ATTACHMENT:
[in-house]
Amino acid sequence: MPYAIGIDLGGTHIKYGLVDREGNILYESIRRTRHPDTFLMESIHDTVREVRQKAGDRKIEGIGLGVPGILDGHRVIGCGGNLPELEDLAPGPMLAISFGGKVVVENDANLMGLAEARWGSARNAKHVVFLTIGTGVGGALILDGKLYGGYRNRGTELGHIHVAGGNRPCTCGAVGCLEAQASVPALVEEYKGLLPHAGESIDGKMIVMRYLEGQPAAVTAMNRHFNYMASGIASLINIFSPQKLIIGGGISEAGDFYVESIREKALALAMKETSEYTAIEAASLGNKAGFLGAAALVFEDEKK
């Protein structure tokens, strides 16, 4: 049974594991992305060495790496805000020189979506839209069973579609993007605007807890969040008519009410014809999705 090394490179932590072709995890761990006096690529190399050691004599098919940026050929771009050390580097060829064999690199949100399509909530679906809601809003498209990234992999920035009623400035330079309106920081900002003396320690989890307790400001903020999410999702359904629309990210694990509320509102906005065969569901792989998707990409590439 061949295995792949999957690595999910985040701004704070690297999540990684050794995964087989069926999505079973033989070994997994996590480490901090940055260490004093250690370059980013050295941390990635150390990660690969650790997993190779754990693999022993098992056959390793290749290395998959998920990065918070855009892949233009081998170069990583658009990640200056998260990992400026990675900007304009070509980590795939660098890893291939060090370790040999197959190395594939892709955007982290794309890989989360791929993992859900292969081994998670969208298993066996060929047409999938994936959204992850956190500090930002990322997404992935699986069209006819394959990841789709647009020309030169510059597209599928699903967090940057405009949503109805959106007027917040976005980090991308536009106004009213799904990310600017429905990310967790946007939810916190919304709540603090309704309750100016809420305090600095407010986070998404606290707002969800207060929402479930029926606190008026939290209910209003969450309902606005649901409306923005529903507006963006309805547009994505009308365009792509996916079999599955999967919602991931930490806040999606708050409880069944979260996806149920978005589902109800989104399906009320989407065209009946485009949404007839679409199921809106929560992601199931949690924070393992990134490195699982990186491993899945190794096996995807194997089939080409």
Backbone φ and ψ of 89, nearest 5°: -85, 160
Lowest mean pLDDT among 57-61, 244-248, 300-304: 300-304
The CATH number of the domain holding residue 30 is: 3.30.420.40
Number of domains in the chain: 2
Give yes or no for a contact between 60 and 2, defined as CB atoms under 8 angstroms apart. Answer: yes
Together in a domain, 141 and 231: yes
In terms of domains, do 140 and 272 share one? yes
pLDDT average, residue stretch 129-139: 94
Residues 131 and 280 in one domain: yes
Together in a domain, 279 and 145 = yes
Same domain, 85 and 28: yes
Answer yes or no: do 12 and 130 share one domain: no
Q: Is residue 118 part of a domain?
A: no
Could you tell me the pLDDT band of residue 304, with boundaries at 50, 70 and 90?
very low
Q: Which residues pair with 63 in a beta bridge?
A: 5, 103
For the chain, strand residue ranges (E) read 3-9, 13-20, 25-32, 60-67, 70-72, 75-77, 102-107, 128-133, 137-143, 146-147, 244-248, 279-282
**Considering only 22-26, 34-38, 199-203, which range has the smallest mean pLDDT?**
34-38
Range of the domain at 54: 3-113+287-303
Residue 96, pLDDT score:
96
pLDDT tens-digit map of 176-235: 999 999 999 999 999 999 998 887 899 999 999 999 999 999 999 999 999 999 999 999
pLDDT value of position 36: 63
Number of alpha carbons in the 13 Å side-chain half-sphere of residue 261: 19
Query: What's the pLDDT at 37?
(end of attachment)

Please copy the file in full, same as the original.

[in-house]
Amino acid sequence: MPYAIGIDLGGTHIKYGLVDREGNILYESIRRTRHPDTFLMESIHDTVREVRQKAGDRKIEGIGLGVPGILDGHRVIGCGGNLPELEDLAPGPMLAISFGGKVVVENDANLMGLAEARWGSARNAKHVVFLTIGTGVGGALILDGKLYGGYRNRGTELGHIHVAGGNRPCTCGAVGCLEAQASVPALVEEYKGLLPHAGESIDGKMIVMRYLEGQPAAVTAMNRHFNYMASGIASLINIFSPQKLIIGGGISEAGDFYVESIREKALALAMKETSEYTAIEAASLGNKAGFLGAAALVFEDEKK
């Protein structure tokens, strides 16, 4: 049974594991992305060495790496805000020189979506839209069973579609993007605007807890969040008519009410014809999705 090394490179932590072709995890761990006096690529190399050691004599098919940026050929771009050390580097060829064999690199949100399509909530679906809601809003498209990234992999920035009623400035330079309106920081900002003396320690989890307790400001903020999410999702359904629309990210694990509320509102906005065969569901792989998707990409590439 061949295995792949999957690595999910985040701004704070690297999540990684050794995964087989069926999505079973033989070994997994996590480490901090940055260490004093250690370059980013050295941390990635150390990660690969650790997993190779754990693999022993098992056959390793290749290395998959998920990065918070855009892949233009081998170069990583658009990640200056998260990992400026990675900007304009070509980590795939660098890893291939060090370790040999197959190395594939892709955007982290794309890989989360791929993992859900292969081994998670969208298993066996060929047409999938994936959204992850956190500090930002990322997404992935699986069209006819394959990841789709647009020309030169510059597209599928699903967090940057405009949503109805959106007027917040976005980090991308536009106004009213799904990310600017429905990310967790946007939810916190919304709540603090309704309750100016809420305090600095407010986070998404606290707002969800207060929402479930029926606190008026939290209910209003969450309902606005649901409306923005529903507006963006309805547009994505009308365009792509996916079999599955999967919602991931930490806040999606708050409880069944979260996806149920978005589902109800989104399906009320989407065209009946485009949404007839679409199921809106929560992601199931949690924070393992990134490195699982990186491993899945190794096996995807194997089939080409």
Backbone φ and ψ of 89, nearest 5°: -85, 160
Lowest mean pLDDT among 57-61, 244-248, 300-304: 300-304
The CATH number of the domain holding residue 30 is: 3.30.420.40
Number of domains in the chain: 2
Give yes or no for a contact between 60 and 2, defined as CB atoms under 8 angstroms apart. Answer: yes
Together in a domain, 141 and 231: yes
In terms of domains, do 140 and 272 share one? yes
pLDDT average, residue stretch 129-139: 94
Residues 131 and 280 in one domain: yes
Together in a domain, 279 and 145 = yes
Same domain, 85 and 28: yes
Answer yes or no: do 12 and 130 share one domain: no
Q: Is residue 118 part of a domain?
A: no
Could you tell me the pLDDT band of residue 304, with boundaries at 50, 70 and 90?
very low
Q: Which residues pair with 63 in a beta bridge?
A: 5, 103
For the chain, strand residue ranges (E) read 3-9, 13-20, 25-32, 60-67, 70-72, 75-77, 102-107, 128-133, 137-143, 146-147, 244-248, 279-282
**Considering only 22-26, 34-38, 199-203, which range has the smallest mean pLDDT?**
34-38
Range of the domain at 54: 3-113+287-303
Residue 96, pLDDT score:
96
pLDDT tens-digit map of 176-235: 999 999 999 999 999 999 998 887 899 999 999 999 999 999 999 999 999 999 999 999
pLDDT value of position 36: 63
Number of alpha carbons in the 13 Å side-chain half-sphere of residue 261: 19
Query: What's the pLDDT at 37?